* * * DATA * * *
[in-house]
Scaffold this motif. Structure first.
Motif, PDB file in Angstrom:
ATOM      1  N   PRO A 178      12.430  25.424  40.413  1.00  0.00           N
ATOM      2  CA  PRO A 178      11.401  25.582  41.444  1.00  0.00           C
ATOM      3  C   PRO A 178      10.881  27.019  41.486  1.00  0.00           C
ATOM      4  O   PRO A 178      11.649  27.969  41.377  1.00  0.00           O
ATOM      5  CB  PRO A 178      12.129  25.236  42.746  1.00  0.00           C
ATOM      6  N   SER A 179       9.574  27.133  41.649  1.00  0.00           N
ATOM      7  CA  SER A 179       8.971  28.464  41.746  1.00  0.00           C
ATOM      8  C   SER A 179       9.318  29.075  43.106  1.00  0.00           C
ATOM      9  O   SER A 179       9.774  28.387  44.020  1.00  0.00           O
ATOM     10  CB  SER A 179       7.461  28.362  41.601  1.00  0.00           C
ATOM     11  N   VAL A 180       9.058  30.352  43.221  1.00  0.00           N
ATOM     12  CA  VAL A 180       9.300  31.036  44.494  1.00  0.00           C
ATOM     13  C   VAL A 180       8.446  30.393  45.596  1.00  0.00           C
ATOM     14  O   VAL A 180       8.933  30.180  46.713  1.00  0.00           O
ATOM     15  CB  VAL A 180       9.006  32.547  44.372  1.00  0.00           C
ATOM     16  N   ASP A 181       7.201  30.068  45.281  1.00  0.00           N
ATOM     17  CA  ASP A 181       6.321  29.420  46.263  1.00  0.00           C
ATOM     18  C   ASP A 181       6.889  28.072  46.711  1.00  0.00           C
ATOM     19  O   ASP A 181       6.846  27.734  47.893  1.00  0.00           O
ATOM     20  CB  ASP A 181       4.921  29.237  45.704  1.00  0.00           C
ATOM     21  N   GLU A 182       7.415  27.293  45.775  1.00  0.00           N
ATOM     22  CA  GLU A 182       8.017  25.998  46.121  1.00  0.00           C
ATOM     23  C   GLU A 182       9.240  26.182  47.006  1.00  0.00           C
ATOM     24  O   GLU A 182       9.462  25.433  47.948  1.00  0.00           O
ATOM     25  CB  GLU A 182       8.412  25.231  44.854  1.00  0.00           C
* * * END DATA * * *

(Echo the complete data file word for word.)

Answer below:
[in-house]
Scaffold this motif. Structure first.
Motif, PDB file in Angstrom:
ATOM      1  N   PRO A 178      12.430  25.424  40.413  1.00  0.00           N
ATOM      2  CA  PRO A 178      11.401  25.582  41.444  1.00  0.00           C
ATOM      3  C   PRO A 178      10.881  27.019  41.486  1.00  0.00           C
ATOM      4  O   PRO A 178      11.649  27.969  41.377  1.00  0.00           O
ATOM      5  CB  PRO A 178      12.129  25.236  42.746  1.00  0.00           C
ATOM      6  N   SER A 179       9.574  27.133  41.649  1.00  0.00           N
ATOM      7  CA  SER A 179       8.971  28.464  41.746  1.00  0.00           C
ATOM      8  C   SER A 179       9.318  29.075  43.106  1.00  0.00           C
ATOM      9  O   SER A 179       9.774  28.387  44.020  1.00  0.00           O
ATOM     10  CB  SER A 179       7.461  28.362  41.601  1.00  0.00           C
ATOM     11  N   VAL A 180       9.058  30.352  43.221  1.00  0.00           N
ATOM     12  CA  VAL A 180       9.300  31.036  44.494  1.00  0.00           C
ATOM     13  C   VAL A 180       8.446  30.393  45.596  1.00  0.00           C
ATOM     14  O   VAL A 180       8.933  30.180  46.713  1.00  0.00           O
ATOM     15  CB  VAL A 180       9.006  32.547  44.372  1.00  0.00           C
ATOM     16  N   ASP A 181       7.201  30.068  45.281  1.00  0.00           N
ATOM     17  CA  ASP A 181       6.321  29.420  46.263  1.00  0.00           C
ATOM     18  C   ASP A 181       6.889  28.072  46.711  1.00  0.00           C
ATOM     19  O   ASP A 181       6.846  27.734  47.893  1.00  0.00           O
ATOM     20  CB  ASP A 181       4.921  29.237  45.704  1.00  0.00           C
ATOM     21  N   GLU A 182       7.415  27.293  45.775  1.00  0.00           N
ATOM     22  CA  GLU A 182       8.017  25.998  46.121  1.00  0.00           C
ATOM     23  C   GLU A 182       9.240  26.182  47.006  1.00  0.00           C
ATOM     24  O   GLU A 182       9.462  25.433  47.948  1.00  0.00           O
ATOM     25  CB  GLU A 182       8.412  25.231  44.854  1.00  0.00           C